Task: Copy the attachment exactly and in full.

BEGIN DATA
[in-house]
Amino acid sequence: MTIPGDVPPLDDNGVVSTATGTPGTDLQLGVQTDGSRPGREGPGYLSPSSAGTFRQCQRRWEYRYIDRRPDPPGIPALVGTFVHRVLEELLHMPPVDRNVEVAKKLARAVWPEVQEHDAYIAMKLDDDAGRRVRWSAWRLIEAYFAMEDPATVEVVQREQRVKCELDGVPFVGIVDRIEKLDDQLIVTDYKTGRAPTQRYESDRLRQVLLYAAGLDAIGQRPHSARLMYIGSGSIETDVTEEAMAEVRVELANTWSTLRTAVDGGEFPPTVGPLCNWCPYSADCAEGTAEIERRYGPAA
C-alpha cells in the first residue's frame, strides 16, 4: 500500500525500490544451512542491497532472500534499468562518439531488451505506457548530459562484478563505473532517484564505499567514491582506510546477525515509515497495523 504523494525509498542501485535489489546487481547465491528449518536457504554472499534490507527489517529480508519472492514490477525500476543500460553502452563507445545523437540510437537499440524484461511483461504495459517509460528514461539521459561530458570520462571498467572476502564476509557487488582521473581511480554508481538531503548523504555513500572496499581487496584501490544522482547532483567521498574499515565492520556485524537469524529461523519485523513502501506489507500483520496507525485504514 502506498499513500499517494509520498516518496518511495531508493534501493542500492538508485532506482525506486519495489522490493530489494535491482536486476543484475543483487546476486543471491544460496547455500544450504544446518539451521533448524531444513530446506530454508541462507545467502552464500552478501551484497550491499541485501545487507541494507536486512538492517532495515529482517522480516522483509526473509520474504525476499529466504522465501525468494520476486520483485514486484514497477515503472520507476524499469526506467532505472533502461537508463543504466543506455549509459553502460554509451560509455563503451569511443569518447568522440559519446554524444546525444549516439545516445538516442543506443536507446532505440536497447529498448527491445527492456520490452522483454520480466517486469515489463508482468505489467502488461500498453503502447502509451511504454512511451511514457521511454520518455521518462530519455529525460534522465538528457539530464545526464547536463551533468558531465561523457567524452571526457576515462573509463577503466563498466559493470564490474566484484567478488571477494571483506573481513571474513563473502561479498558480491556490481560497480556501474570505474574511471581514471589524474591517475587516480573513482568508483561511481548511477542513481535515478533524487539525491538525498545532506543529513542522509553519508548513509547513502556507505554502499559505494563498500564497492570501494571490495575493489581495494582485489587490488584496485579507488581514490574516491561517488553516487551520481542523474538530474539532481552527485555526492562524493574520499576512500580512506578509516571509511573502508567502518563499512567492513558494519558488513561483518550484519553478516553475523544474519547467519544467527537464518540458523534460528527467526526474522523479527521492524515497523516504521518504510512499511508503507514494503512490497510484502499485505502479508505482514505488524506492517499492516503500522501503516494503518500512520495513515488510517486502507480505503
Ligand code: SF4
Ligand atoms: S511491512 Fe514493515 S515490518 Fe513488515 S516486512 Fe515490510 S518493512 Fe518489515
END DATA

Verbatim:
[in-house]
Amino acid sequence: MTIPGDVPPLDDNGVVSTATGTPGTDLQLGVQTDGSRPGREGPGYLSPSSAGTFRQCQRRWEYRYIDRRPDPPGIPALVGTFVHRVLEELLHMPPVDRNVEVAKKLARAVWPEVQEHDAYIAMKLDDDAGRRVRWSAWRLIEAYFAMEDPATVEVVQREQRVKCELDGVPFVGIVDRIEKLDDQLIVTDYKTGRAPTQRYESDRLRQVLLYAAGLDAIGQRPHSARLMYIGSGSIETDVTEEAMAEVRVELANTWSTLRTAVDGGEFPPTVGPLCNWCPYSADCAEGTAEIERRYGPAA
C-alpha cells in the first residue's frame, strides 16, 4: 500500500525500490544451512542491497532472500534499468562518439531488451505506457548530459562484478563505473532517484564505499567514491582506510546477525515509515497495523 504523494525509498542501485535489489546487481547465491528449518536457504554472499534490507527489517529480508519472492514490477525500476543500460553502452563507445545523437540510437537499440524484461511483461504495459517509460528514461539521459561530458570520462571498467572476502564476509557487488582521473581511480554508481538531503548523504555513500572496499581487496584501490544522482547532483567521498574499515565492520556485524537469524529461523519485523513502501506489507500483520496507525485504514 502506498499513500499517494509520498516518496518511495531508493534501493542500492538508485532506482525506486519495489522490493530489494535491482536486476543484475543483487546476486543471491544460496547455500544450504544446518539451521533448524531444513530446506530454508541462507545467502552464500552478501551484497550491499541485501545487507541494507536486512538492517532495515529482517522480516522483509526473509520474504525476499529466504522465501525468494520476486520483485514486484514497477515503472520507476524499469526506467532505472533502461537508463543504466543506455549509459553502460554509451560509455563503451569511443569518447568522440559519446554524444546525444549516439545516445538516442543506443536507446532505440536497447529498448527491445527492456520490452522483454520480466517486469515489463508482468505489467502488461500498453503502447502509451511504454512511451511514457521511454520518455521518462530519455529525460534522465538528457539530464545526464547536463551533468558531465561523457567524452571526457576515462573509463577503466563498466559493470564490474566484484567478488571477494571483506573481513571474513563473502561479498558480491556490481560497480556501474570505474574511471581514471589524474591517475587516480573513482568508483561511481548511477542513481535515478533524487539525491538525498545532506543529513542522509553519508548513509547513502556507505554502499559505494563498500564497492570501494571490495575493489581495494582485489587490488584496485579507488581514490574516491561517488553516487551520481542523474538530474539532481552527485555526492562524493574520499576512500580512506578509516571509511573502508567502518563499512567492513558494519558488513561483518550484519553478516553475523544474519547467519544467527537464518540458523534460528527467526526474522523479527521492524515497523516504521518504510512499511508503507514494503512490497510484502499485505502479508505482514505488524506492517499492516503500522501503516494503518500512520495513515488510517486502507480505503
Ligand code: SF4
Ligand atoms: S511491512 Fe514493515 S515490518 Fe513488515 S516486512 Fe515490510 S518493512 Fe518489515